And for most of Australia there’s is a bit (or a lot) of chill in the air 😱. Which means we’re staying indoors, huddling close together to stay warm, keeping the windows closed to keep the cold out and the warm in. Unfortunately all of these things make it easier for germs to spread. We’re close together and there’s little ventilation. Perfect to help the little buggers move from person to person.

Along with the cold weather, we’re seeing more people gather together as restrictions ease and as boredom well and truly sets in. This’s a big problem. On a recent trip to the local shopping centre I was shocked by how many people I saw –most weren’t allowing 1.5 metres between themselves and others, people were hugging, coughing into their hands, not using hand sanitiser when entering stores…all of these things allow germs to spread through the community. Needless to say I hightailed it to the closest exit and went home 😑

It’s cold and flu season

This pandemic is overlapping with our flu season. Yay 😒 Currently flu numbers in Australia are low due to our physical distancing measures. However, this may change for the same reasons we’ve seen increases in COVID-19 cases.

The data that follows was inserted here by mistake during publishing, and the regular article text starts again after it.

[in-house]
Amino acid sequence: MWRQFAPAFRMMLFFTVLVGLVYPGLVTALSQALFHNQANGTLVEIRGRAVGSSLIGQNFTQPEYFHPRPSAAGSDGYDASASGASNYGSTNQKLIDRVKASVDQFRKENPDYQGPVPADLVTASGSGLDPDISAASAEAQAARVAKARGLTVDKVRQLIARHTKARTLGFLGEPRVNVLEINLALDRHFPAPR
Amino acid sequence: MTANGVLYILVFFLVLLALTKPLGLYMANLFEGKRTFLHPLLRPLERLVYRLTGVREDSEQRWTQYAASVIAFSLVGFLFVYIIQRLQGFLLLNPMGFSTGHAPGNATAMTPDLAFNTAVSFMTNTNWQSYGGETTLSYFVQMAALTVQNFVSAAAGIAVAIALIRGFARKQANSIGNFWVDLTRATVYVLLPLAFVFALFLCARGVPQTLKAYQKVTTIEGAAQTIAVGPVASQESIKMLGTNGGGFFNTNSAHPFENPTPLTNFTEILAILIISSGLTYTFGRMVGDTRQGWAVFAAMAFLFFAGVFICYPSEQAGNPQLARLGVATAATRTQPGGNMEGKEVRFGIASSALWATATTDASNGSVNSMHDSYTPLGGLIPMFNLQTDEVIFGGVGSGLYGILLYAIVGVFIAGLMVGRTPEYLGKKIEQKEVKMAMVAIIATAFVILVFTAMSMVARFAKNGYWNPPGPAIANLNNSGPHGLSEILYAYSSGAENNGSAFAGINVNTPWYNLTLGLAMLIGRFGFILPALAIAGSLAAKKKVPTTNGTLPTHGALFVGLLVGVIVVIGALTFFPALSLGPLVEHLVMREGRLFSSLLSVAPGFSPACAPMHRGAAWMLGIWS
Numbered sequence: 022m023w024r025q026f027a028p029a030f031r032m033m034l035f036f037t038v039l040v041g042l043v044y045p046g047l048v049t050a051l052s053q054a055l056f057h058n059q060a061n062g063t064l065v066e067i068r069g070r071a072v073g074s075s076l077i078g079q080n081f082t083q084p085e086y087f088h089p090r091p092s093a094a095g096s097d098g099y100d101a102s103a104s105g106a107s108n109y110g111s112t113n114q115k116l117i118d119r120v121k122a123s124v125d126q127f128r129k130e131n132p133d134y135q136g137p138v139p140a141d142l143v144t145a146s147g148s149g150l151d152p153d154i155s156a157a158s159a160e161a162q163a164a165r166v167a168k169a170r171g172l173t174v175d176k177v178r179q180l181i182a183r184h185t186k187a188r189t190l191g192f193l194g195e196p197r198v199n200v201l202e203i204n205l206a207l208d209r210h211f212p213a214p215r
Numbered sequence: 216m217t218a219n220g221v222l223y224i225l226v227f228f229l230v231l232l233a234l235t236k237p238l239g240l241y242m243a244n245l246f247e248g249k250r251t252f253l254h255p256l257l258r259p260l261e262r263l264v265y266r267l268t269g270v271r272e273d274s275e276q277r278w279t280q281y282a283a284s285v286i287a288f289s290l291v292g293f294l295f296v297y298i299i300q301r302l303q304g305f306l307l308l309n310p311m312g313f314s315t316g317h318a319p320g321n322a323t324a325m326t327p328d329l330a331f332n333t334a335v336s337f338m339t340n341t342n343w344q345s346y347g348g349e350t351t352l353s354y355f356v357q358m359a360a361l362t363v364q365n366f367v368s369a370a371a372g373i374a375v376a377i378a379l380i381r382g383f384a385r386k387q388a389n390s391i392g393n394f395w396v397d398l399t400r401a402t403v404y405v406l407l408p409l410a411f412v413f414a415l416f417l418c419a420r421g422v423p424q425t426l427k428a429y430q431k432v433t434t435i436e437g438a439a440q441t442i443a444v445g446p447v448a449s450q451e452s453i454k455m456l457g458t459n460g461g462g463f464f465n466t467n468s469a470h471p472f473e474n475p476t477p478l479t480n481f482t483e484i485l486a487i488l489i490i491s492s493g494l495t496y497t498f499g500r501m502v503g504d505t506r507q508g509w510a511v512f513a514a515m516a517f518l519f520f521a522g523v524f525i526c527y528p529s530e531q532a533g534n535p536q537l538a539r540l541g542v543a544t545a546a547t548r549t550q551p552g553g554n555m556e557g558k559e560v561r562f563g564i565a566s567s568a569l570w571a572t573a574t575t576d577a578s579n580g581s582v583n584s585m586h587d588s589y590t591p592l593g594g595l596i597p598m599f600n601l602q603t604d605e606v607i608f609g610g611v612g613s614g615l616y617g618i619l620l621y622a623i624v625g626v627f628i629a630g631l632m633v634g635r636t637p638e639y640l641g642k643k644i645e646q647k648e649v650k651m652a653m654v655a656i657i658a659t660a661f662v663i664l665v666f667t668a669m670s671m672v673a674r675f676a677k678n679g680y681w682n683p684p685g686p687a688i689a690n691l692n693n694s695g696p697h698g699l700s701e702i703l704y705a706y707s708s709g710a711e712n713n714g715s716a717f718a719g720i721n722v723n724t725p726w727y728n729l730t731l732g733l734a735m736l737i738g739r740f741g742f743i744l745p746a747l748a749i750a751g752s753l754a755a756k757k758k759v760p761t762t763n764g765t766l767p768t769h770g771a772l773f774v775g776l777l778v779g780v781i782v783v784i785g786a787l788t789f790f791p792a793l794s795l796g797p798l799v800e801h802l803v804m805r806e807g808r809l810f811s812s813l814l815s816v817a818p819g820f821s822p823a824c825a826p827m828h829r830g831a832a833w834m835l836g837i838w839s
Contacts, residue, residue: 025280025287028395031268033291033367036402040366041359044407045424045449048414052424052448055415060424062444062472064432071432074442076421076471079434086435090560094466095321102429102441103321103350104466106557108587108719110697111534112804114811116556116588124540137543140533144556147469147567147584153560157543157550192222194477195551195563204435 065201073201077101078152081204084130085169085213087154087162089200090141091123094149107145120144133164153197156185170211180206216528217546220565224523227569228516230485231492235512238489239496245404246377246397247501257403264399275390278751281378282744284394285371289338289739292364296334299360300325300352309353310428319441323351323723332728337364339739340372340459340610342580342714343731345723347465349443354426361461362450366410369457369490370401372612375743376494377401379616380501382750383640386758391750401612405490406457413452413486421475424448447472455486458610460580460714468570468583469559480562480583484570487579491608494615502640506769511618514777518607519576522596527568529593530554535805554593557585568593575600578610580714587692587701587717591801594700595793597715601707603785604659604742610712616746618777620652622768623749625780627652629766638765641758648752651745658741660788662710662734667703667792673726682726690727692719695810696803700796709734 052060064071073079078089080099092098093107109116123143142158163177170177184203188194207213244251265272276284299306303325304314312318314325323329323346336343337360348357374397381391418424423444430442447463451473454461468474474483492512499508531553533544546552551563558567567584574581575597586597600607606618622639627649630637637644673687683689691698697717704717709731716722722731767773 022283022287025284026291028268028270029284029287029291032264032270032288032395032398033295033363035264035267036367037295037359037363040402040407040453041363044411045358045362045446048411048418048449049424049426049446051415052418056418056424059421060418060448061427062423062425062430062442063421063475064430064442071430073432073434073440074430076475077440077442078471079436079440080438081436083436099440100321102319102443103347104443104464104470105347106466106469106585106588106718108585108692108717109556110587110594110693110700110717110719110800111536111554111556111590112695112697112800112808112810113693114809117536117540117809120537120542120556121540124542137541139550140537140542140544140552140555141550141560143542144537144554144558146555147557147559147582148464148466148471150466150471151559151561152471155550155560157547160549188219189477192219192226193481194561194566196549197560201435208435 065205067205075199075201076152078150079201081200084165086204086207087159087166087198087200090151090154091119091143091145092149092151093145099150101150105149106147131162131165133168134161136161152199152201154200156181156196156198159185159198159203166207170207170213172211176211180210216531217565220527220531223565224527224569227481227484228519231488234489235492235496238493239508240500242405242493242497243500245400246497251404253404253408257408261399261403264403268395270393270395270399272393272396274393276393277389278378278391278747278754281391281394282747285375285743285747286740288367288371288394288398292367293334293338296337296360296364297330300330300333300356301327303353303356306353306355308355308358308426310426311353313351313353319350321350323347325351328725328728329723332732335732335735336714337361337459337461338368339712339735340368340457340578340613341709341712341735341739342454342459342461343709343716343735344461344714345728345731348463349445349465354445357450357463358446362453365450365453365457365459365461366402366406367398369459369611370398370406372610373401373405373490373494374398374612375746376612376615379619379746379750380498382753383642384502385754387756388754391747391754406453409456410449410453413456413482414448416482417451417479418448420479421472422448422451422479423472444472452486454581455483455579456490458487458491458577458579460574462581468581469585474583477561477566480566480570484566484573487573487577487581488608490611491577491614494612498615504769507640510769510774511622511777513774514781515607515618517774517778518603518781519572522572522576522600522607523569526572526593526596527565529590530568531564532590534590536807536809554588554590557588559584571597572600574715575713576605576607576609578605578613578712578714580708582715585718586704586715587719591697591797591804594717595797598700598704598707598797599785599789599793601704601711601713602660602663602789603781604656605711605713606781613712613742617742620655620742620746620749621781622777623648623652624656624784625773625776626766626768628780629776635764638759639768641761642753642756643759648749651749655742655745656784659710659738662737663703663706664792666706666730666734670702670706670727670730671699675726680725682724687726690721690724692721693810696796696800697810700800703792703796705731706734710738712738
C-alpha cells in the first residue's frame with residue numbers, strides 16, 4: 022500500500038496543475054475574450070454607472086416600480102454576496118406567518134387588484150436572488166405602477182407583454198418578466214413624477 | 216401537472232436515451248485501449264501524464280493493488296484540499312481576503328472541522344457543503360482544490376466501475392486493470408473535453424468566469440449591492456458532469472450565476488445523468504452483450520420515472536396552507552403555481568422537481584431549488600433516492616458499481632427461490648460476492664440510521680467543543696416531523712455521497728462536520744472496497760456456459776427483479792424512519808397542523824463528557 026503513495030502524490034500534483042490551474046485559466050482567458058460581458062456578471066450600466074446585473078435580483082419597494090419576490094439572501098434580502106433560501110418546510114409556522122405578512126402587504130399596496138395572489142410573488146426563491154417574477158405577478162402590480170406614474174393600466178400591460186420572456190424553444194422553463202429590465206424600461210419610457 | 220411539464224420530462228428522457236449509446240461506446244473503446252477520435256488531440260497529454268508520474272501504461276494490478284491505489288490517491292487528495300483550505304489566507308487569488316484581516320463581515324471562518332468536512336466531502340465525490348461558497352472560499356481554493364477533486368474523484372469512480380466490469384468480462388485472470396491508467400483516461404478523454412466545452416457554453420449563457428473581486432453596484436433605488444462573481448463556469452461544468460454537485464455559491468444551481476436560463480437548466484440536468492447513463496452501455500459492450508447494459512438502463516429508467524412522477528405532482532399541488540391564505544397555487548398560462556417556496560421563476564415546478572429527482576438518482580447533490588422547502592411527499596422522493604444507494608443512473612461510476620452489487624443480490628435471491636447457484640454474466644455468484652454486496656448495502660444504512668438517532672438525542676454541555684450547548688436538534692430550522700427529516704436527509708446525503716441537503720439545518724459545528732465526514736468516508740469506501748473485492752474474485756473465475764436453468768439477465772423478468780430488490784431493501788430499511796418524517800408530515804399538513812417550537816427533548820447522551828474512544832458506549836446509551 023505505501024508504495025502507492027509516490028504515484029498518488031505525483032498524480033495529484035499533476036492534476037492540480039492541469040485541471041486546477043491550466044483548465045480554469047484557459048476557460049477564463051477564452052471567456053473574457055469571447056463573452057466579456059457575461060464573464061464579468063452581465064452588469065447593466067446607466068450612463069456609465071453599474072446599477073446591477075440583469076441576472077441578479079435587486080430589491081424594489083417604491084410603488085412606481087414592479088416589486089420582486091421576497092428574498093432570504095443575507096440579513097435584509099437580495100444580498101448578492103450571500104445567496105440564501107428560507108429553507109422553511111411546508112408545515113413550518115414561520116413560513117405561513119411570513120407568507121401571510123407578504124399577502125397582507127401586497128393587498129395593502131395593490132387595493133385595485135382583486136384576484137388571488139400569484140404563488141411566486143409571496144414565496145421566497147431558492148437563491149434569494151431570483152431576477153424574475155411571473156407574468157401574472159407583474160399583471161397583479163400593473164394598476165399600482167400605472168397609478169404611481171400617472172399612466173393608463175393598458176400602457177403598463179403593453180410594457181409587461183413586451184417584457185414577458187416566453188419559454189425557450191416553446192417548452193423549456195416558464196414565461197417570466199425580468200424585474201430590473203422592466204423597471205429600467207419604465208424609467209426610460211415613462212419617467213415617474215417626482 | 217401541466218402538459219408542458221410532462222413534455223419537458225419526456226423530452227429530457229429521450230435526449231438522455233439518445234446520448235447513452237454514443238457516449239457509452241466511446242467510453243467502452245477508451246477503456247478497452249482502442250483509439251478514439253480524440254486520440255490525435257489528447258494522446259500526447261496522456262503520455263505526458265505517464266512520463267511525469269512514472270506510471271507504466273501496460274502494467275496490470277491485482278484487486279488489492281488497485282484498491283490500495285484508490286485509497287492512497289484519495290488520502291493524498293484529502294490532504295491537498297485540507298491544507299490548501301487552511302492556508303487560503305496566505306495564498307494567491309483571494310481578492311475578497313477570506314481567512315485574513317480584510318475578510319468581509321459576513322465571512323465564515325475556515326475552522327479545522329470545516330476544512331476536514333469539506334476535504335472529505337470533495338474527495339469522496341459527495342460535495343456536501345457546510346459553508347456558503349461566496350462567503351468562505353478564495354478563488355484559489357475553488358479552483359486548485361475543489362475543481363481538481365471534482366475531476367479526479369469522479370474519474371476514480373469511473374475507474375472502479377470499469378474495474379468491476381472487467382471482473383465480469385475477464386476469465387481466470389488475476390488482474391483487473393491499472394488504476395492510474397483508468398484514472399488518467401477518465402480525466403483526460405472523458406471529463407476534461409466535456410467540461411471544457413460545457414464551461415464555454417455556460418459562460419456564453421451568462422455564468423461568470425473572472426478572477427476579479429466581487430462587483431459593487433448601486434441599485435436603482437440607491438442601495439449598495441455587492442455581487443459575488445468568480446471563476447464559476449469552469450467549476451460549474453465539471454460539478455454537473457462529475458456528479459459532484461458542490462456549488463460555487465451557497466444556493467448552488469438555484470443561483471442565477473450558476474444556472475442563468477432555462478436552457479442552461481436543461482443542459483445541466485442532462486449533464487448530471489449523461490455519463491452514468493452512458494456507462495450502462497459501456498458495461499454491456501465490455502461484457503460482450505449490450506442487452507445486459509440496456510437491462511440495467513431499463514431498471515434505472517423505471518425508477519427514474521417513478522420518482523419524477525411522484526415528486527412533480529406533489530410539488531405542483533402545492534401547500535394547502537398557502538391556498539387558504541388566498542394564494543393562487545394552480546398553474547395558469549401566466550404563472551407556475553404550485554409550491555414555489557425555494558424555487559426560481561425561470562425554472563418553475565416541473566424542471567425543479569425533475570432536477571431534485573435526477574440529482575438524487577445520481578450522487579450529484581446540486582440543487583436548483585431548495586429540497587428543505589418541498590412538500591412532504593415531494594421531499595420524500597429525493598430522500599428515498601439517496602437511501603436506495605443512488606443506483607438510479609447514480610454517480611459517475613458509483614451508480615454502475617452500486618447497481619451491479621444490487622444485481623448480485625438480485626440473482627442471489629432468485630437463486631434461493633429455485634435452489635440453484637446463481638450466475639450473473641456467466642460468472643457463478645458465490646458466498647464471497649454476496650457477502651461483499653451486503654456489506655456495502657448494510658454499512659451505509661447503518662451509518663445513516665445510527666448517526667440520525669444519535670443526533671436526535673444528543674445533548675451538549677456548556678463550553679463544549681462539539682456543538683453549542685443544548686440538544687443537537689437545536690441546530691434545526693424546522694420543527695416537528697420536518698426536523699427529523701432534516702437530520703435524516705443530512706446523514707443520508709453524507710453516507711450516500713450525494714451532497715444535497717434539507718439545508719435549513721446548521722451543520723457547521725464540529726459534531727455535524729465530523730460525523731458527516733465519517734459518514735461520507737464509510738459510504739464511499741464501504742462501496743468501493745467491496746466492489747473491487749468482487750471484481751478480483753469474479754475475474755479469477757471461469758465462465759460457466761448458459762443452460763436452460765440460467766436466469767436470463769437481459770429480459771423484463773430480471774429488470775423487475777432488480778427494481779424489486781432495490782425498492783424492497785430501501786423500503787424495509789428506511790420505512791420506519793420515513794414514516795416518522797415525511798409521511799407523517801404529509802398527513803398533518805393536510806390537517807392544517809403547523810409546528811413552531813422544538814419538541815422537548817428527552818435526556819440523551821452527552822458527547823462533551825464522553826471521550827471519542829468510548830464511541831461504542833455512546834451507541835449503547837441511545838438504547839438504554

There’s also the potential that people may become infected with the flu and COVID-19 at the same time, which, to put it mildly, isn’t ideal. While we don’t know if this leads to more severe cases of both infections, the immune system will be weakened by fighting two infections. And if a person’s immune system is already weak due to another health issue, this has the potential for very serious outcomes.

Finally if flu numbers do increase as we continue through our flu season, it will have an impact on our healthcare system, which is already working overtime because of the pandemic. It seems like so long ago, but the 2019 flu season was our worst flu season on record.

So for all of these reasons we’re being urged to get our flu vaccination this year.

This is also a time of year when many of us succumb to colds. Coughing, a runny nose or sore throat may be symptoms of cold, allergies, the flu or COVID-19. If you experience these symptoms, don’t just assume it’s a cold or your allergies flaring up. The same goes with muscle soreness and a fever. For some people with musculoskeletal conditions, this may be a symptom of a flare. Or it may be your body displaying signs of COVID-19. The best thing you can do is stay home and contact your doctor – and if recommended – get tested.

So should we be worried about these COVID outbreaks?

We should be concerned because most of us are still susceptible to the virus, and some of us are at risk of becoming seriously ill if we become infected with COVID-19.

So stay at home if you’re unwell, know the symptoms of COVID-19, wash your hands often and thoroughly, cough/sneeze into your elbow, maintain physical distancing measures and continue to follow the advice of our health officers.